For quite a few years now, Byron Bay rockers Skegss have been one of the most exciting groups going around the Aussie music scene. For most of this time, their work has been paired with the inimitable art style of Jack Irvine.
Famed for his surreal, endearing, and unique art style, Jack’s work has been in your face for quite some time now, whether it’s staring at your from the racks of your local vinyl dealer, popping up on the shirt of an Aussie music fan, or used as the backdrop to one of Skegss’ iconic live shows.
With Jack Irvine’s profile growing rapidly, he has recently hooked up with the likes of Troye Sivan and Billie Eilish, undoubtedly putting his artwork on the world stage for legions of global music fans to pore over.
Following his recent career milestones, we sat down with Jack for a brief interview, discussing his artistic origins, to how he hooked up with some big-name artists.
How did you first get interested in art?
When I was around eight, I was super into the Video Ezy colouring competitions. I think that sparked my first interest that I can remember.
What were the sort of things that inspired you when you were first starting out?
My dad and his art were a big inspiration. I would go to his house whenever I could and he would show me cool artist, music, and movies, and we would draw a lot.
It was basically my version of art school, it kind of set the base for me to find my own interest and all that.
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Your artwork is heavily associated with music these days, has music always been a strong influence on your creative process?
Yeah, music has for sure, in many ways. I think it’s the fuel to creating art, and different types of music can make me feel certain ways which subconsciously have an effect on the work I make.
How did your association with Skegss first come about?
They came and played mine and Aaron Girgis’ art gallery, which was a small old house in the centre of Cronulla called Space 44.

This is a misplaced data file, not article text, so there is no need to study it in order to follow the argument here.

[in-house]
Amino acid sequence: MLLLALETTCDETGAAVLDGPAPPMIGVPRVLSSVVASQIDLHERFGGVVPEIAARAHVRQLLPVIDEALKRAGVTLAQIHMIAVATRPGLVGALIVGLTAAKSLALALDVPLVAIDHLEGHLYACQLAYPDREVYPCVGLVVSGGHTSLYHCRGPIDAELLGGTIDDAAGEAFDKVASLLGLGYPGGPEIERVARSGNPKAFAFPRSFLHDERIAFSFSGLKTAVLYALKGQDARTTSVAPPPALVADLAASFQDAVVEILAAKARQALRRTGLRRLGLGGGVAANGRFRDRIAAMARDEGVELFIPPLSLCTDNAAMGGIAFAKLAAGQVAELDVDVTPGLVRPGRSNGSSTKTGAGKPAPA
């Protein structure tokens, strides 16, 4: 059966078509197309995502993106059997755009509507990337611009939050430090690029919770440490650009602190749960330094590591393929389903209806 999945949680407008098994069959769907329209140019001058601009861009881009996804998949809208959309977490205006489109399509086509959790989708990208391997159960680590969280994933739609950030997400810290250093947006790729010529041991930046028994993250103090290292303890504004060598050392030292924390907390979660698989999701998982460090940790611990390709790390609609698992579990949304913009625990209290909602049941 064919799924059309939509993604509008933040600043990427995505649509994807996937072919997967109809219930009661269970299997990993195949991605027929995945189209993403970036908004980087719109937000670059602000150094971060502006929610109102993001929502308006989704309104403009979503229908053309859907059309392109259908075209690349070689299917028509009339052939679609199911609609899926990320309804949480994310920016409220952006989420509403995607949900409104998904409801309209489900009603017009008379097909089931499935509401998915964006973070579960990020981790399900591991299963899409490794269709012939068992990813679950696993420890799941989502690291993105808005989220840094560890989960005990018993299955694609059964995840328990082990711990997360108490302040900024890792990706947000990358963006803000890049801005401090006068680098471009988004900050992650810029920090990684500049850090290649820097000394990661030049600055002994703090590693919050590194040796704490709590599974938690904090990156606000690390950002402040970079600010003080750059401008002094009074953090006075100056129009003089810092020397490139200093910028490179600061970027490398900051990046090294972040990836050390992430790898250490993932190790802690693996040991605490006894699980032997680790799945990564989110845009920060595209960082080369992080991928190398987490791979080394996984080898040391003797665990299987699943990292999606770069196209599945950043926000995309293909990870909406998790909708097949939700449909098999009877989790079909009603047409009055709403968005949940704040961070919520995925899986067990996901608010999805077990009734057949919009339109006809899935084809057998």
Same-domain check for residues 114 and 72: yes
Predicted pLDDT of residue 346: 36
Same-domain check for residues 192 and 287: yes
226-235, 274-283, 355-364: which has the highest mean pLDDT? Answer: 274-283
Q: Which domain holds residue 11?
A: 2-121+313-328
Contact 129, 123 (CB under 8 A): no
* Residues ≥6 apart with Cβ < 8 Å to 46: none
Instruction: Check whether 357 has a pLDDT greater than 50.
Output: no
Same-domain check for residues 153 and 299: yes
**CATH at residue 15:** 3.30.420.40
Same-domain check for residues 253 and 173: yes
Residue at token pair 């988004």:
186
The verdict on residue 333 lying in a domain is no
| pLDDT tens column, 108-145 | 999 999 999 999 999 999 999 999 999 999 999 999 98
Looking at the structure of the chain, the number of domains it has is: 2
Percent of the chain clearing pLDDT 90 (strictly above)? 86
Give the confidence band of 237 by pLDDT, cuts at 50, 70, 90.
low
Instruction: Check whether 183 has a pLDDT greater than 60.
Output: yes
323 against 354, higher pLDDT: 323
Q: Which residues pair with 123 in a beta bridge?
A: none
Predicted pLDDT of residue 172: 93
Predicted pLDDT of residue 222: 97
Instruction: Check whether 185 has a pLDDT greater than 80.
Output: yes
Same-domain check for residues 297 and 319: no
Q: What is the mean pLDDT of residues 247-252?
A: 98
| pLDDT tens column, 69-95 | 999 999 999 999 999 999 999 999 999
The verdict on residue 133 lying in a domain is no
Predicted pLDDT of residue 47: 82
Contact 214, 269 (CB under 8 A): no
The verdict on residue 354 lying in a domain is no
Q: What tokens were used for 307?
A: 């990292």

We used to put on gigs there and they were always crazy – I think their show was the biggest one.
We ended up all hanging there till we passed out, then in the morning got breakfast, and someone suggested I do the art. It was something like that.
What was it like seeing your artwork showing up pretty much everywhere thanks to your Skegss connection?
Really sick, but it was a little weird at first because no one knew who I was but they were wearing my drawings. I’d only really ever had my mates wearing tees I had made, or even being interested in my work, so I was pretty amazed.
Your artwork is slowly becoming an iconic piece of the Aussie music scene, how does it feel being mentioned in the same breath as iconic artists like Reg Mombassa?
I don’t know, I’ve never really thought too much about it.
How did you happen to get involved with Troye Sivan?
I did some work for his younger brother Tyde Levi that was more design-y compared to my work with Skegss. And then Troye saw that and thought it was cool, so his manager reached out to me to make some merch.
You recently designed some merchandise for Billie Eilish, how did that collaboration come about?
A good mate of mine, Robbie Russo, he lives in the US and works at a big merch company. He was in Australia at Christmas and he came to my house and saw some new art I had been working on.
When Billie or her team reached out to them to work on it, Robbie thought of me among some other artists and designers.
I sent off some work to them and then heard back that she liked the style of my art, so she sent me some monsters that she drew and asked if I could recreate them in my style.
What is it like designing something for an artist that’s basically blowing-up the world over? Did you feel any sort of pressure?
I didn’t feel any pressure really, because there was a few artists going for the job. I felt more excitement and was encouraged to even have been asked.
It was a big confidence boost, and I just went for it and tried to make something original that might stand out from the rest.
Despite your own rapidly-rising profile, your artwork always feels so surreal, yet down-to-earth and endearing at the same time, do you feel that’s part of the reason why you’ve resonated with the Aussie public?
I’m really not sure, that’s cool it feels that way. I don’t know why its connected with the people it has, it’s a weird thing and I’m just trying to be as honest as I can when I’m making my art.
Have you got any exciting new projects on the way?
I’m pretty excited to do something art-related for the hardcore fans of Skegss before their show down in Melbourne soon, also continue working on my own art works for a show.